Accessing an OData Producer using an Office 2010 Add-in

To continue the theme of landing external data in Office 2010, I’ve taken a demo excerpt from a session I presented at a conference last week to show how easy it is to land OData information in an add-in. In this sample I simply use the Northwind Database which is a publicly available OData producer. You can read more about OData on the site. By simply clicking the Northwind link you can see a collection of the database tables you can access. This sample uses Customers,, to retrieve an Atom document with all the customers in the database. You’ll then load the customers into the add-in using the same document-level add-in pattern as used in the previous post. 

Sample Office Add-in OData Project

  1. Create a new Visual Studio 2010 and select New Project…
    1. Select Office 2010, Word 2010 Document
    2. Make sure .NET Framework 4 is selected as the target framework.
    3. Provide the Name, ODataSample
    4. In the wizard, retain the default, Create a new document and click Next.
  2. Add Rich Content Controls to the document
    1. Create a two column table on the ODataSample.docx document similar to the one below (formatting is optional). The left column is simply text so just type that information in.
    2. Place RichTextContentControls from the toolbox into the second column of the table
    3. In the Property Window, provide property values for the Name and Text for each content control. The Names to use are listed here. For the Text property use the appropriate value as shown above in each content control.
      1. wccCustomerID
      2. wccContactName
      3. wccAddress
      4. wccCity
      5. wccCountry
      6. wccPostalCode
  3. Add References
    1. In the Solution Explorer, right-click ODataSample and choose Add References…
    2. In the .NET tab, select System.XAML, UIAutomationProvider and WindowsFormsIntegration and click OK.
  4. Add a User Control to the project.
    1. In the Solution Explorer, right-click ODataSample and choose Add, New Item…
    2. Select User Control, name it CustomerUserControl and click Add.
    3. In the Properties Window set the Size to 150,750.
    4. (Note: this user control will host the WPF control.)
  5. Add a WPF User Control to the project.
    1. In the Solution Explorer, right-click ODataSample and choose Add, New Item…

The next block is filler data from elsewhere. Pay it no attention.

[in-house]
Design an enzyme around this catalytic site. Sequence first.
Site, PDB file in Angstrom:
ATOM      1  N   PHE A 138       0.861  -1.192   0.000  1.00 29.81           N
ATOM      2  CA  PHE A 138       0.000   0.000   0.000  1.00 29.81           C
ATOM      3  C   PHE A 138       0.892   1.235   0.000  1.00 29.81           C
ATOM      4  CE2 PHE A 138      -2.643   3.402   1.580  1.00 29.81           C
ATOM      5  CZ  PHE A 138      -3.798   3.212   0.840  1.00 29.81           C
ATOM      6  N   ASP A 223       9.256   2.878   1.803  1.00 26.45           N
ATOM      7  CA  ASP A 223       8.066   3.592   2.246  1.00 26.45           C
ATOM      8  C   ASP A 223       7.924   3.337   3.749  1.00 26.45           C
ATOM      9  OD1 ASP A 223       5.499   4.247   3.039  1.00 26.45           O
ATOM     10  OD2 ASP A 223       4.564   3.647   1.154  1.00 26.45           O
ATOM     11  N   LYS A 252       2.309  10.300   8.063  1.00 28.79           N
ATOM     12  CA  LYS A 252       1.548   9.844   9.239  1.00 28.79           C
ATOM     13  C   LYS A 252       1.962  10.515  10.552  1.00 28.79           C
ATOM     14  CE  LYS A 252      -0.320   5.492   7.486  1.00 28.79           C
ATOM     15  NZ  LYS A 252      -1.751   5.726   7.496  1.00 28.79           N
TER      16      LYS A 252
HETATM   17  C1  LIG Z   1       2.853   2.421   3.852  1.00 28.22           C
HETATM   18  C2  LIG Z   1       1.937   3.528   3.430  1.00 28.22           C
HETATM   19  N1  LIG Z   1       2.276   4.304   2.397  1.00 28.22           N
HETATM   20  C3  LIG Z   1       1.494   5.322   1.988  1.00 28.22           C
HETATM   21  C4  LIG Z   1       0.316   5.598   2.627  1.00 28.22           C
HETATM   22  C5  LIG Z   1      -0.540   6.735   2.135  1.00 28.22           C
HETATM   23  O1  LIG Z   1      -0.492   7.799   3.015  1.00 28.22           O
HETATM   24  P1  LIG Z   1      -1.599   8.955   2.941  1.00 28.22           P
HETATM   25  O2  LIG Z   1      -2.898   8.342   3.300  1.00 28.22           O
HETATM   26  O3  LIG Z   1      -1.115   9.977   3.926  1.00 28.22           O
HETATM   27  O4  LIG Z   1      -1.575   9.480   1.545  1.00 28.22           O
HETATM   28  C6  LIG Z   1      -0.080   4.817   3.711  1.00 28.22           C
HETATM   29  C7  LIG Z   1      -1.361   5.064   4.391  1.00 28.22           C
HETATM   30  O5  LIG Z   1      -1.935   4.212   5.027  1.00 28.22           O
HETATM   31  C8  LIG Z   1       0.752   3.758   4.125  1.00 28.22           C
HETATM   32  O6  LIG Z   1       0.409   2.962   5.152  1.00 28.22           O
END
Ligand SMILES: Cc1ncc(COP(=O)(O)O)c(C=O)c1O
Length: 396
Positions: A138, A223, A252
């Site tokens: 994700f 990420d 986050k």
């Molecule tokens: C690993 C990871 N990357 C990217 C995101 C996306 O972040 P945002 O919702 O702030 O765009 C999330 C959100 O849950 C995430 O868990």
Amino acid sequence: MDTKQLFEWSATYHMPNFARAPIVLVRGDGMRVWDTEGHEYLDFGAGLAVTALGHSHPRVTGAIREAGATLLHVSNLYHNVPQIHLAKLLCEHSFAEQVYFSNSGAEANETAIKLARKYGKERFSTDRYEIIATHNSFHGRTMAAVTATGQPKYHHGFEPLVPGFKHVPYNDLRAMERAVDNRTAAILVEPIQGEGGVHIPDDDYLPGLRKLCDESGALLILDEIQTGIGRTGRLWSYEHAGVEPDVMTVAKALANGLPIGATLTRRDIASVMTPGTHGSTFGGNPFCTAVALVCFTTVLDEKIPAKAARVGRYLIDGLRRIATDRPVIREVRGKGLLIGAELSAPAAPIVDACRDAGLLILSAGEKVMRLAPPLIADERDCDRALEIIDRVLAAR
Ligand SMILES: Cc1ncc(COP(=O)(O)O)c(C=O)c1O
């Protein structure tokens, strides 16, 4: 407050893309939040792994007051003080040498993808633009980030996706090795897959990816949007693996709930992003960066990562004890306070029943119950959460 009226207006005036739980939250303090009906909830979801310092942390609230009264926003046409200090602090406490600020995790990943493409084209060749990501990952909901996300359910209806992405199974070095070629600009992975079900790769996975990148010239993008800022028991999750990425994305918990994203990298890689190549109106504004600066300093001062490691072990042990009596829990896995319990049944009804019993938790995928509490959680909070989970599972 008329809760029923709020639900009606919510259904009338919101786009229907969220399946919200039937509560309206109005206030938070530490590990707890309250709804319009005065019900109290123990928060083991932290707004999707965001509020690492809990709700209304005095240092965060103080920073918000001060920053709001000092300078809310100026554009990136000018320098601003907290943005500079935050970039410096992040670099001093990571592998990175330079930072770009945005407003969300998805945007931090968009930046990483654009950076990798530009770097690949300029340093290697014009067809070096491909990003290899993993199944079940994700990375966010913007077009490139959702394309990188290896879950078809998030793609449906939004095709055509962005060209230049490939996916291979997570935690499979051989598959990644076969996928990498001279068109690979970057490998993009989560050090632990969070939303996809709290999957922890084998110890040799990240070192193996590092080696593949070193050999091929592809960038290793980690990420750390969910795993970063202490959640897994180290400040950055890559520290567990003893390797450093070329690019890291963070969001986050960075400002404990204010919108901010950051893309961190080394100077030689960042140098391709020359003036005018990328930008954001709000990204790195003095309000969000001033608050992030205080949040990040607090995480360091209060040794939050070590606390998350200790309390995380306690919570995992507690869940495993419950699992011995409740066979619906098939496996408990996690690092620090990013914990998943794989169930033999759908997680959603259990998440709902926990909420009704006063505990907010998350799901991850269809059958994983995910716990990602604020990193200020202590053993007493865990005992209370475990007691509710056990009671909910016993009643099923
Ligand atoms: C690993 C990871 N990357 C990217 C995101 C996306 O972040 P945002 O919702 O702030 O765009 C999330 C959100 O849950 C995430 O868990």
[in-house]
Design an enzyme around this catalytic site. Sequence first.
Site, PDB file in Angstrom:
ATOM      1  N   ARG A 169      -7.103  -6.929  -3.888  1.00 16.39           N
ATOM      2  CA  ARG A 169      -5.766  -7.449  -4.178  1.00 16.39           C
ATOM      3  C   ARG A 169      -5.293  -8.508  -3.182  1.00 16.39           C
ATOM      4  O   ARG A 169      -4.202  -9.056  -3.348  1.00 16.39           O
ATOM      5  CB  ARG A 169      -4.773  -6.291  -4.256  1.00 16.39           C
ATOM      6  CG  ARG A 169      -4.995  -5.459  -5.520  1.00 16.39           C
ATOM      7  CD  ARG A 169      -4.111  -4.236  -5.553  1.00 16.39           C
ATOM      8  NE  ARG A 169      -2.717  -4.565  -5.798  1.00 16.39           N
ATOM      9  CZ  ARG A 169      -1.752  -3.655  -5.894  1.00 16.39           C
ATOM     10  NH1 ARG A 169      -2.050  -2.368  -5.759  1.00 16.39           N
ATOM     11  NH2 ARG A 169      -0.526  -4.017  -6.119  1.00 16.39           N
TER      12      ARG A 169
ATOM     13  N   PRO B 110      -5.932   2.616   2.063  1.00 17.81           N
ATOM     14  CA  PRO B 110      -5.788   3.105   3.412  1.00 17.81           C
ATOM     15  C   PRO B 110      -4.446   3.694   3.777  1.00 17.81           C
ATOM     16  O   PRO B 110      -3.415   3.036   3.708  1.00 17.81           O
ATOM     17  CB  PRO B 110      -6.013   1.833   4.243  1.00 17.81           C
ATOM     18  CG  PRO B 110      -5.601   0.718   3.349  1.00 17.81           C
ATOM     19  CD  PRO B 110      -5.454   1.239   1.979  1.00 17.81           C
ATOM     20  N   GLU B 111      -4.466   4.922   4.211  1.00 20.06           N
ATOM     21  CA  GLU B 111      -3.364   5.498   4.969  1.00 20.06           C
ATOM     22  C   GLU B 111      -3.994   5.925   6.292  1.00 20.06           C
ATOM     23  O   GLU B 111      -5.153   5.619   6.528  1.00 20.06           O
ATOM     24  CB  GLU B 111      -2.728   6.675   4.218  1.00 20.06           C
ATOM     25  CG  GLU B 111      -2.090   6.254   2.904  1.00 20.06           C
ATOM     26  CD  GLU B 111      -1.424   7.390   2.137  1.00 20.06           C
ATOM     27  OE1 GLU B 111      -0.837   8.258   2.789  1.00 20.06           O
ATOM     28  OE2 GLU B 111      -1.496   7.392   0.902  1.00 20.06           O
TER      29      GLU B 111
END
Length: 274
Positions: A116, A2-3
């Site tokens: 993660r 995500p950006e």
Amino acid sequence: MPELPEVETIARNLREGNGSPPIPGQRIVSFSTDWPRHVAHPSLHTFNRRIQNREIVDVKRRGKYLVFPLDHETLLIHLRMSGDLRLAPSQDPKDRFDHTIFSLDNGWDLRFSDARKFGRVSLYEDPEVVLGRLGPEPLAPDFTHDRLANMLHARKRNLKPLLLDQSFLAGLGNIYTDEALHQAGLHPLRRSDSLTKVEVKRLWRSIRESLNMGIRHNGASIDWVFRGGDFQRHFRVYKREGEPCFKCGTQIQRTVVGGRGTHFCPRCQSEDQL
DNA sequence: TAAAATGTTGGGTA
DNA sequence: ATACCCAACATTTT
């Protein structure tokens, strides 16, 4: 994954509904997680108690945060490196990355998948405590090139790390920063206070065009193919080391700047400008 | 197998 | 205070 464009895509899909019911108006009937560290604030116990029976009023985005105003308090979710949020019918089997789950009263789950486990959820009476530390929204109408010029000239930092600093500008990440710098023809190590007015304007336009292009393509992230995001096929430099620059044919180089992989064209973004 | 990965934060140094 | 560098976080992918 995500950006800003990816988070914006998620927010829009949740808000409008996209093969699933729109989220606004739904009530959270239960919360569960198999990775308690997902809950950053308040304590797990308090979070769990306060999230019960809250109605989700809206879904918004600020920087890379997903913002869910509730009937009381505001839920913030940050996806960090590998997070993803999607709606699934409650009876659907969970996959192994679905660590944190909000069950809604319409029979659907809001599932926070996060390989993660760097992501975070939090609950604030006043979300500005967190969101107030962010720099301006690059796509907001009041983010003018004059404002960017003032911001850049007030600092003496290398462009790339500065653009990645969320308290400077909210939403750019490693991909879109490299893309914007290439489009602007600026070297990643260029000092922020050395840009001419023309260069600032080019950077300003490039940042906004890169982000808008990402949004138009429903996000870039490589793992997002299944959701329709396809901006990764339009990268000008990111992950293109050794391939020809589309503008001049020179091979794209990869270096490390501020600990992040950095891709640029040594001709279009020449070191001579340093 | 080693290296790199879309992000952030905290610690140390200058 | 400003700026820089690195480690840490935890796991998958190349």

2. Select WPF from Installed Templates, and select User Control (WPF)
    3. Name it CustomerPicker.xaml and click Add.
    4. In the XAML window, completely replace the <Grid></Grid> elements with the following XML

          <Button Name="button1" Content="Insert Customer Information" Margin="5" Click="button1_Click" />
          <ListBox Name="customerListBox" ItemsSource="{Binding}">
                          <StackPanel Orientation="Horizontal">
                              <TextBlock Text="{Binding CustomerID}" FontWeight="Bold" />
                              <TextBlock Text=": " FontWeight="Bold" />
                              <TextBlock Text="{Binding ContactName}" />
                          <TextBlock Text="{Binding ContactTitle}" Margin="5 0 0 0" />

  6. Add a Data Source for Northwind.svc
    1. From the menu choose, Data, Add New Data Source…
    2. Select Service and click Next.
    3. Type,, and click Go.
    4. Don’t change the name, click OK, and Finish.
  7. Add the Code behind for CustomerPicker.xaml.cs
    1. In the Solution Explorer, right-click CustomerPicker.xaml and choose View Code.
    2. Add the following using statements just after the ODataSample namespace

      using ServiceReference1;
      using System.Net;

    3. Instantiate the Northwind entities object as a class-level variable

      // Instanitate Northwind Entities object
      NorthwindEntities dc = new NorthwindEntities(
          new Uri(;

    4. Add the OnInitialized override method

      protected override void OnInitialized(EventArgs e)
          // Bind Customers to the Listbox datacontext
          customerListBox.DataContext = dc.Customers;

    5. Add the button1_Click event

      private void button1_Click(object sender, RoutedEventArgs e)
          // Cast the selected item to a customer object
          Customer customer = (Customer)customerListBox.SelectedItem;

          // Load document content controls with selected customer data
          Globals.ThisDocument.wccCustomerID.Text = customer.CustomerID;
          Globals.ThisDocument.wccContactName.Text = customer.ContactName;
          Globals.ThisDocument.wccAddress.Text = customer.Address;
          Globals.ThisDocument.wccCity.Text = customer.City;
          Globals.ThisDocument.wccCountry.Text = customer.Country;
          Globals.ThisDocument.wccPostalCode.Text = customer.PostalCode;

    6. When done, your code should look like this:
  8. Add the Code behind for ThisDocument.cs
    1. In the Solution Explorer, right-click on ThisDocument.cs and choose View Code.
    2. Add the following using statement
      using System.Windows.Forms.Integration;
    3. Add the following class-level variable

      private CustomerUserControl CustomerActionPane = new CustomerUserControl();

    4. Add the following code to ThisDocument_Startup method

      ElementHost host = new ElementHost();
      host.Dock = DockStyle.Fill;
      host.Child = new CustomerPicker();

    5. When done, your code should look like this
  9. That’s it, press F5 and see your add-in load with customers from an OData source. Your final result should look something like this once you click on a customer in the listbox and then click the Insert Customer Information button.

So there you have it, another way to land data in the Office clients (think about pulling data into Excel this way). Accessing data like this is extremely powerful because you can essentially land data that is exposed as an OData end-point by simply using WCF Data Services.


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